Worked in PT, the ER, and a FP clinic over a 13 yr period with HH, Felt like home.
Medical Assistant/ Nurse -Job (Former Employee) – Mountain View, CA – September 3, 2013
Huntsville Hospital has been the best employer I have ever had. My hour drive to work was the only negative I could come up with. They take care of their people and I was always happy there. I learned from many mentors and physicians and felt I was always growing.
Hospitality Assistant (Former Employee) – Huntsville, AL – February 14, 2017
It was ok while it lasted, benefits awful to be a high rates medical facility....if you not one of they favorites in your dept you getting treated badly. I got let go because of lying supervisor and they kept my ETO money that I worked for....Co workers were telling folks business and gossiping,it's like being in high school here.Over worked and under paid. Good luck...
Telemetry Technician (Current Employee) – Huntsville, AL – February 12, 2017
Fast paced environment in a critical response area. Learn cardiac rhythms through classes and training, watch 65 patients in a 800 patient room, clean/troubleshoot monitors, hourly charting, update doctors/nurses, and interact with patients if needed.
Flexible hours, Earn over time
Short staffed, high turn over, no raises, no advancement
Clerical Administrative Assistant (Former Employee) – Huntsville, AL – February 8, 2017
I worked as a summer intern. It was a good experience for me and I learned a good deal about what all goes on in the administration of a hospital. I would recommend this employer for anyone trying to get a feel for the healthcare field.
er attendant 2 (Former Employee) – Huntsville, AL – January 23, 2017
they go through er techs like most people change clothes. if you do not fit in or no one likes you they will find a way to get rid of you. they will tell you what you want to hear in the interview and it is very different once you get started. they will tell you that the er is not for everyone and once they see that they do not like you or that you did not play their game they will force you out and tell you that you just were not able to handle the er. but in reality there are nurses and doctors who cant handle the er but no one will get rid of them because they play the game and people like them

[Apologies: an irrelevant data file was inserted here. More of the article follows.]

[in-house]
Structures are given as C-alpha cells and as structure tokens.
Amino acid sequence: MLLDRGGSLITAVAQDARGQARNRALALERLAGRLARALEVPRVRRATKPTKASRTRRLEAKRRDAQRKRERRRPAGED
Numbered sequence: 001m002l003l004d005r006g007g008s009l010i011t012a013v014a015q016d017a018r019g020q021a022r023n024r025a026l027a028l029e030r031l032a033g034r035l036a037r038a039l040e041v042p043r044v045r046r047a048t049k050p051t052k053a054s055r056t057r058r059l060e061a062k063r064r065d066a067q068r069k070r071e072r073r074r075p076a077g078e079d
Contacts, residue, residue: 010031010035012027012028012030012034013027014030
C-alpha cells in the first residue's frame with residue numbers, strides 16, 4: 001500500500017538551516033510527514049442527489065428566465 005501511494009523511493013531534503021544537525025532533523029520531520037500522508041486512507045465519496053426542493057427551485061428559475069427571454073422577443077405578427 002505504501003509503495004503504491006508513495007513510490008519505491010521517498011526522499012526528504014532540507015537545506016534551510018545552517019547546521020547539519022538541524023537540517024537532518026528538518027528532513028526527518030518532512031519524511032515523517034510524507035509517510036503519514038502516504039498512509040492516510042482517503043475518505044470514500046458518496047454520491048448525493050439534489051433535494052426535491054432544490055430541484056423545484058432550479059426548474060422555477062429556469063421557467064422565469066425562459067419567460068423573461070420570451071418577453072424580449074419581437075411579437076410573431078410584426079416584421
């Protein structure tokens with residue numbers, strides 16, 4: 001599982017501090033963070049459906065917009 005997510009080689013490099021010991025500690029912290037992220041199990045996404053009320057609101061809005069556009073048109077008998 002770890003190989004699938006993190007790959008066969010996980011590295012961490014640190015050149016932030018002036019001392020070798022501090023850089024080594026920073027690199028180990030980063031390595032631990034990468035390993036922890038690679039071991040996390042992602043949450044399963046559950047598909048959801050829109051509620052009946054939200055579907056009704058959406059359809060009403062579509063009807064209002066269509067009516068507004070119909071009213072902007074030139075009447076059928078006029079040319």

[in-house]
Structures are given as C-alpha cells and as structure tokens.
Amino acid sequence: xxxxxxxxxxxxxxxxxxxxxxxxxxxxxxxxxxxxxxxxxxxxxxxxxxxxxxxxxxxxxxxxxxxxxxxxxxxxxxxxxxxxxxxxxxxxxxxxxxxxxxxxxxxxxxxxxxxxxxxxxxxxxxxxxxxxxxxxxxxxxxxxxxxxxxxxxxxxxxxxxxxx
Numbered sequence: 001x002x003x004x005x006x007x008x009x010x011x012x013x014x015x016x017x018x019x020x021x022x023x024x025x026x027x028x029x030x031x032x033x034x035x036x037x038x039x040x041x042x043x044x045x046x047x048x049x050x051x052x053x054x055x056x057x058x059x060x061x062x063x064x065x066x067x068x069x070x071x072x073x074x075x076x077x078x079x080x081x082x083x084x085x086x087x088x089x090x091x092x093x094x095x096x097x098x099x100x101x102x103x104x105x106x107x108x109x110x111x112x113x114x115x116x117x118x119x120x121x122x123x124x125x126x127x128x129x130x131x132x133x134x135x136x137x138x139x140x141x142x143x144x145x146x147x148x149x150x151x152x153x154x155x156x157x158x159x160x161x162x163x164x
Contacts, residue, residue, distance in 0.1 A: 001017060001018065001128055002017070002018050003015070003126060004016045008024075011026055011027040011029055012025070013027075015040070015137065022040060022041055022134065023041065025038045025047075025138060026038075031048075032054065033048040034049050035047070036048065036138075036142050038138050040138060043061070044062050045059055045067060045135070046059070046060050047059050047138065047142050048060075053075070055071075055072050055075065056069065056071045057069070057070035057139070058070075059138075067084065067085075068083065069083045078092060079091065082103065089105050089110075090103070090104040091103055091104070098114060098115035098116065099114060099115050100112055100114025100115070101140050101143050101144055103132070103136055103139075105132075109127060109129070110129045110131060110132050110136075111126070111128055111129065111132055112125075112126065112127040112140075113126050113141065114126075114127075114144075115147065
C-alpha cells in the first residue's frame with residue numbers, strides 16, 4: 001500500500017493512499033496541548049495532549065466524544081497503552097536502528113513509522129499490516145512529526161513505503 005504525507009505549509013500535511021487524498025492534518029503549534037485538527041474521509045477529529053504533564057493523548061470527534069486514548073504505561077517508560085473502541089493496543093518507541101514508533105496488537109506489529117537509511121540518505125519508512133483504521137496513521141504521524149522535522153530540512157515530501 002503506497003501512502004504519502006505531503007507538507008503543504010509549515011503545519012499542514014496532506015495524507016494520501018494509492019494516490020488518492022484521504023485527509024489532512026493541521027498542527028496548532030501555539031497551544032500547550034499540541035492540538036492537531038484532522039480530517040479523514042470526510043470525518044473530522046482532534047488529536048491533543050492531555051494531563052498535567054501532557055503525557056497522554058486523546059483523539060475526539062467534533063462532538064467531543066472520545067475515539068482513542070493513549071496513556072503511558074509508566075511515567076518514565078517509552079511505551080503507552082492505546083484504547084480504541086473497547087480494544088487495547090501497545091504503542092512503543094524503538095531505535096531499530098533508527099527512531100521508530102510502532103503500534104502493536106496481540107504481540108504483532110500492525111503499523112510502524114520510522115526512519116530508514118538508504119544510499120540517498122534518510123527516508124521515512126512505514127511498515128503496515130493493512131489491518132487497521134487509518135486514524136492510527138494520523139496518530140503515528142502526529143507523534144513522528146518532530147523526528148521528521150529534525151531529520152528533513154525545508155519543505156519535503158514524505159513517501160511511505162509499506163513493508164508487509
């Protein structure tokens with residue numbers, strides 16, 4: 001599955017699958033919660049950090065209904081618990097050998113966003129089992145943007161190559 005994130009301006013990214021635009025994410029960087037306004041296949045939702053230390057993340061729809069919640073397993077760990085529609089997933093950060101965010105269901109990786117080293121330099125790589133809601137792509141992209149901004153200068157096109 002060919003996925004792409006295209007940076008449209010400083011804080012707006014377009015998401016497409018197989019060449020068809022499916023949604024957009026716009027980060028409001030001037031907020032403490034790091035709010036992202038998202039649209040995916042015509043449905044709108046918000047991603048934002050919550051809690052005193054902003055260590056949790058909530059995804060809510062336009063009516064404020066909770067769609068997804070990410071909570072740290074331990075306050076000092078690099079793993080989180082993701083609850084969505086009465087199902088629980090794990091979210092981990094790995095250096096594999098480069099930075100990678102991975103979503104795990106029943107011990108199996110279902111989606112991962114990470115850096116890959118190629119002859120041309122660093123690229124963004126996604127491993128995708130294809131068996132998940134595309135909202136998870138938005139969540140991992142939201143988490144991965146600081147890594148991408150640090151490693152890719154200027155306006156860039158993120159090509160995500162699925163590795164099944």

Patient Services Hospitality Assistant (Former Employee) – Huntsville, AL – January 20, 2017
A fast paced environment that requires hard work and dedication to those in need. The best part of working for Huntsville Hospital was caring for the patients. The hardest part was working all the holidays.
General Production Aide (Current Employee) – Huntsville, AL – January 19, 2017
The hardest part about my job is having enough time to spend with my patients. I love being able to talk to them and help in any way possible. I wish we didn't have to push those carts around but we have to keep our cleaning products near. I enjoy the hospital environment because there is always excitement
Huntsville Hospital was a convient place to work because of flexible hours.
Psychiatric technician (Former Employee) – Huntsville, AL – December 22, 2016
A typical day at work at Huntsville Hospital was very challenging because one was not sure of what one would encounter during the regular day. One never knew when a patient might need special attention throughout the day. I learned to work with professionals from all types including doctors, nurses, and administration. Management was required to run an efficient organization due to the nature of health care, however, it was decided by many that worked there that, "there are to many managers and not enough workers". Co-workers were fun and enjoyable but knew quickly how to be come "theraputic" on a locked crisis stablization unit. The hardest part of the job was not knowing what to expect from day to day. The most enjoyable part of the job was not knowing what to expect from day to day.
Registered Nurse, Coronary Care Unit (Current Employee) – Huntsville, AL – November 17, 2016
A typical day at work at Huntsville Hospital included assessment of each patient (up to 2) in the CCU, medicating patients, and then spending time charting what you had done. Patients were critical, so interventions would take priority over charting. I learned a lot about The hypothermia process after cardiac arrest, interventions for specific problems for patients with different lines and medication drips, and I learned a lot about the dying process and comfort care measures. My co workers were very helpful, educated, and skilled at what they did, and always willing to help me with something new or problems. The hardest part of the job was caring for the same patient for a long period of time and saying goodbye to them, and helping their family through the dying process. The most enjoyable part of the job for me was learning new things about disease processes, technology, and equipment such as Swan catheters and balloon pumps.